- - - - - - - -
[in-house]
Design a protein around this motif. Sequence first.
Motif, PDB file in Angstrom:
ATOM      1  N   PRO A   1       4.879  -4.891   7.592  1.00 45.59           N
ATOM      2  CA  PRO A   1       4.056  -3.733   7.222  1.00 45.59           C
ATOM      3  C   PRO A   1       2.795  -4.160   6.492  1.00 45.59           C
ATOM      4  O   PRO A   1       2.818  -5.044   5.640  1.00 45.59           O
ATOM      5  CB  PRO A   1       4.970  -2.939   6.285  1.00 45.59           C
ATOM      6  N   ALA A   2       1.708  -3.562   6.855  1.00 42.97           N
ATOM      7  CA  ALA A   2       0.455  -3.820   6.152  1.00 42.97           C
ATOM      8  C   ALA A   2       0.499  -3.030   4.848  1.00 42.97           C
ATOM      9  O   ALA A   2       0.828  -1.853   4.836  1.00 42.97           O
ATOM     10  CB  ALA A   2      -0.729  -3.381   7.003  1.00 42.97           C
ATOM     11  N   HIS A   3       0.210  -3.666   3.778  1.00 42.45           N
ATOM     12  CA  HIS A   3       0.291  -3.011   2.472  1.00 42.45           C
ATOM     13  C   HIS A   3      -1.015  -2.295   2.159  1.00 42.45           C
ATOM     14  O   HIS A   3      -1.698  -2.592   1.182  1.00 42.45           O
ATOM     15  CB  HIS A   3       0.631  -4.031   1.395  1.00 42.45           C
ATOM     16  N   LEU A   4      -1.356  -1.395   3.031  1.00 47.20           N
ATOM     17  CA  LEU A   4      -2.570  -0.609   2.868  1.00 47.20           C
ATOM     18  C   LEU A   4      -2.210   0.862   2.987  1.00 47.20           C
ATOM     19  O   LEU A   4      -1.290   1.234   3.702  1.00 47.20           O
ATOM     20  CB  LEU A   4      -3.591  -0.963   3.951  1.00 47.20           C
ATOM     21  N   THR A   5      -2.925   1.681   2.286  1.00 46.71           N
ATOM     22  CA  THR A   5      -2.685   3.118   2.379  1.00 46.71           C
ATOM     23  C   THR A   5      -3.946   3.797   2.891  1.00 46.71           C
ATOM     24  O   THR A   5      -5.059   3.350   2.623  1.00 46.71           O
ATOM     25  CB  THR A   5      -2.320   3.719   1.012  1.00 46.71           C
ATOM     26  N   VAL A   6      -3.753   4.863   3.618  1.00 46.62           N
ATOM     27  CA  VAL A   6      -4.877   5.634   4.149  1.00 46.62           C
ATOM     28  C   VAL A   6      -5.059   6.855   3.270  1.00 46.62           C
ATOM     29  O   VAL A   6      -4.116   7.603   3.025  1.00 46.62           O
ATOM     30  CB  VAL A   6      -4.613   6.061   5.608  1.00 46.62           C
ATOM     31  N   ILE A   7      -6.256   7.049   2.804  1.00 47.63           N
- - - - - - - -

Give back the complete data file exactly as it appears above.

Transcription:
[in-house]
Design a protein around this motif. Sequence first.
Motif, PDB file in Angstrom:
ATOM      1  N   PRO A   1       4.879  -4.891   7.592  1.00 45.59           N
ATOM      2  CA  PRO A   1       4.056  -3.733   7.222  1.00 45.59           C
ATOM      3  C   PRO A   1       2.795  -4.160   6.492  1.00 45.59           C
ATOM      4  O   PRO A   1       2.818  -5.044   5.640  1.00 45.59           O
ATOM      5  CB  PRO A   1       4.970  -2.939   6.285  1.00 45.59           C
ATOM      6  N   ALA A   2       1.708  -3.562   6.855  1.00 42.97           N
ATOM      7  CA  ALA A   2       0.455  -3.820   6.152  1.00 42.97           C
ATOM      8  C   ALA A   2       0.499  -3.030   4.848  1.00 42.97           C
ATOM      9  O   ALA A   2       0.828  -1.853   4.836  1.00 42.97           O
ATOM     10  CB  ALA A   2      -0.729  -3.381   7.003  1.00 42.97           C
ATOM     11  N   HIS A   3       0.210  -3.666   3.778  1.00 42.45           N
ATOM     12  CA  HIS A   3       0.291  -3.011   2.472  1.00 42.45           C
ATOM     13  C   HIS A   3      -1.015  -2.295   2.159  1.00 42.45           C
ATOM     14  O   HIS A   3      -1.698  -2.592   1.182  1.00 42.45           O
ATOM     15  CB  HIS A   3       0.631  -4.031   1.395  1.00 42.45           C
ATOM     16  N   LEU A   4      -1.356  -1.395   3.031  1.00 47.20           N
ATOM     17  CA  LEU A   4      -2.570  -0.609   2.868  1.00 47.20           C
ATOM     18  C   LEU A   4      -2.210   0.862   2.987  1.00 47.20           C
ATOM     19  O   LEU A   4      -1.290   1.234   3.702  1.00 47.20           O
ATOM     20  CB  LEU A   4      -3.591  -0.963   3.951  1.00 47.20           C
ATOM     21  N   THR A   5      -2.925   1.681   2.286  1.00 46.71           N
ATOM     22  CA  THR A   5      -2.685   3.118   2.379  1.00 46.71           C
ATOM     23  C   THR A   5      -3.946   3.797   2.891  1.00 46.71           C
ATOM     24  O   THR A   5      -5.059   3.350   2.623  1.00 46.71           O
ATOM     25  CB  THR A   5      -2.320   3.719   1.012  1.00 46.71           C
ATOM     26  N   VAL A   6      -3.753   4.863   3.618  1.00 46.62           N
ATOM     27  CA  VAL A   6      -4.877   5.634   4.149  1.00 46.62           C
ATOM     28  C   VAL A   6      -5.059   6.855   3.270  1.00 46.62           C
ATOM     29  O   VAL A   6      -4.116   7.603   3.025  1.00 46.62           O
ATOM     30  CB  VAL A   6      -4.613   6.061   5.608  1.00 46.62           C
ATOM     31  N   ILE A   7      -6.256   7.049   2.804  1.00 47.63           N